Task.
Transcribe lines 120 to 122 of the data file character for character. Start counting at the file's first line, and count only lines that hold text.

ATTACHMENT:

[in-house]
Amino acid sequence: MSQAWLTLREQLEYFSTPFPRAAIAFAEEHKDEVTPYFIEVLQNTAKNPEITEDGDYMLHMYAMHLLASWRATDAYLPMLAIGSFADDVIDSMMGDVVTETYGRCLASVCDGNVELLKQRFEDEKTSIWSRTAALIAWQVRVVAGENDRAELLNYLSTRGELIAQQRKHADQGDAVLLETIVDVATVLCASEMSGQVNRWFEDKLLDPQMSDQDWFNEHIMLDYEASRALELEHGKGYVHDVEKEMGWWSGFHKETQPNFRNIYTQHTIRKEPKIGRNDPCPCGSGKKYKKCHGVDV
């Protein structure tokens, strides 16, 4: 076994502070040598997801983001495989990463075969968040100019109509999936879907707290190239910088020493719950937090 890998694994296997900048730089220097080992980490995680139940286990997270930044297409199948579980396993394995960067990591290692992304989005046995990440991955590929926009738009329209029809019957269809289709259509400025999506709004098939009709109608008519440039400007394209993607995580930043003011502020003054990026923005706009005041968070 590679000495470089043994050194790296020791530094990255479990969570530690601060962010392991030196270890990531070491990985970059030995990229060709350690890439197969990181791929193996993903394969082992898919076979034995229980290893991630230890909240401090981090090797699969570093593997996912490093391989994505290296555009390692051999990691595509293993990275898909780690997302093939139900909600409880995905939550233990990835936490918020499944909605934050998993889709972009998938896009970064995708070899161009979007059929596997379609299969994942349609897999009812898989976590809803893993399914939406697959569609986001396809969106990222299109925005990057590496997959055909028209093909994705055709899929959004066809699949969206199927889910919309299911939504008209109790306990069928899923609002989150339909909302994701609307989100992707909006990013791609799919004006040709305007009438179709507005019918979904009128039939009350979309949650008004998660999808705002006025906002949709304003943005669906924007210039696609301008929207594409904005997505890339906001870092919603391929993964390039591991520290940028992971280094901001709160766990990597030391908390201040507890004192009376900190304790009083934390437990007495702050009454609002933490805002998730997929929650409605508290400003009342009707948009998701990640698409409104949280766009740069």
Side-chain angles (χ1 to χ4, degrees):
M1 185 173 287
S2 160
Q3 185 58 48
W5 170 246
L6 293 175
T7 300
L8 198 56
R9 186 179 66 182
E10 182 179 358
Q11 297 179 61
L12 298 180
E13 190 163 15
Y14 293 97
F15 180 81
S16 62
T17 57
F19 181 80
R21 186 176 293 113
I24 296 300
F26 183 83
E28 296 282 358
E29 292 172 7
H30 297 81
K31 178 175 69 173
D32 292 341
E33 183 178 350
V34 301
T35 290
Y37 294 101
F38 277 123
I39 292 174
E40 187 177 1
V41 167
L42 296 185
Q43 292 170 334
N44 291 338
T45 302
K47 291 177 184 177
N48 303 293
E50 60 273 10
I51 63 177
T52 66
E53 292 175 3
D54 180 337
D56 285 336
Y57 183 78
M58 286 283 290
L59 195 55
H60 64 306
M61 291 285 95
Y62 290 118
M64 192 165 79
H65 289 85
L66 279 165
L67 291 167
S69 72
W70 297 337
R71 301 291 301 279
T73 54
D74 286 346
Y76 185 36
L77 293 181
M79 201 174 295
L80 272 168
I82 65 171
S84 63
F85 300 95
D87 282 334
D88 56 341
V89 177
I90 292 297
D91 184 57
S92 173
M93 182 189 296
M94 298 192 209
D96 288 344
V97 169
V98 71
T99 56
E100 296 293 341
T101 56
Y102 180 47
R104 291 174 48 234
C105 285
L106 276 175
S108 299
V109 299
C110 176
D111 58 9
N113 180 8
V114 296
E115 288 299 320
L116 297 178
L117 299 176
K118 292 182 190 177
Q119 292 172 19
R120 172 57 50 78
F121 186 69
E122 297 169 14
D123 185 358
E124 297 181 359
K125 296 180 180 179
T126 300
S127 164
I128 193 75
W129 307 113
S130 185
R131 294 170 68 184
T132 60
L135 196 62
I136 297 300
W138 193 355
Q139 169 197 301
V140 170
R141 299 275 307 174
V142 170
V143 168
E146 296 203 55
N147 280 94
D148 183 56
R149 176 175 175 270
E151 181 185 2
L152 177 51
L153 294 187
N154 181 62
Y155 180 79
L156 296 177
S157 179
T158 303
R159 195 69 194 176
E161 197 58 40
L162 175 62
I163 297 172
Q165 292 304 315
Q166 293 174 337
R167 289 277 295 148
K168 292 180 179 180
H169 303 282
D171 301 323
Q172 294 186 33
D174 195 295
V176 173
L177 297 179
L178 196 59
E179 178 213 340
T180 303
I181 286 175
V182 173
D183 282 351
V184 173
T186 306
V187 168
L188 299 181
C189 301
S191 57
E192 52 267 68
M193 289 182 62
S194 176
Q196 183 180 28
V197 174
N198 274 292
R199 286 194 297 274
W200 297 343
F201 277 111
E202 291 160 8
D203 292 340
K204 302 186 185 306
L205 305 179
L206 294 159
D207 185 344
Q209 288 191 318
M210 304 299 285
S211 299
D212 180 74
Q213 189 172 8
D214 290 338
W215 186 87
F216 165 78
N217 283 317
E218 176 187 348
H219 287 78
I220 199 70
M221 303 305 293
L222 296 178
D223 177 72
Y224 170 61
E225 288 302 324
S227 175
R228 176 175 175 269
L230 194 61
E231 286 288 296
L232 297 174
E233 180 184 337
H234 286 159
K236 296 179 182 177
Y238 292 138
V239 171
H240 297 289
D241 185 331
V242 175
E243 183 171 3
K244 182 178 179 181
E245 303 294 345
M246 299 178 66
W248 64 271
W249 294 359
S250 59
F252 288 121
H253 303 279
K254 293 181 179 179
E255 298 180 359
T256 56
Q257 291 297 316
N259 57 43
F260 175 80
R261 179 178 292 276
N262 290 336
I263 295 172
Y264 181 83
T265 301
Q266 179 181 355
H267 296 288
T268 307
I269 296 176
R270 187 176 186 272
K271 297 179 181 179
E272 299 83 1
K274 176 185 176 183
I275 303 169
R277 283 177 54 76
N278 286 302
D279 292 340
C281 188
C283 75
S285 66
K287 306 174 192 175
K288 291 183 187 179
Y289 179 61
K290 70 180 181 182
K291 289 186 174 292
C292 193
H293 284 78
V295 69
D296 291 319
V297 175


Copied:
V142 170
V143 168
E146 296 203 55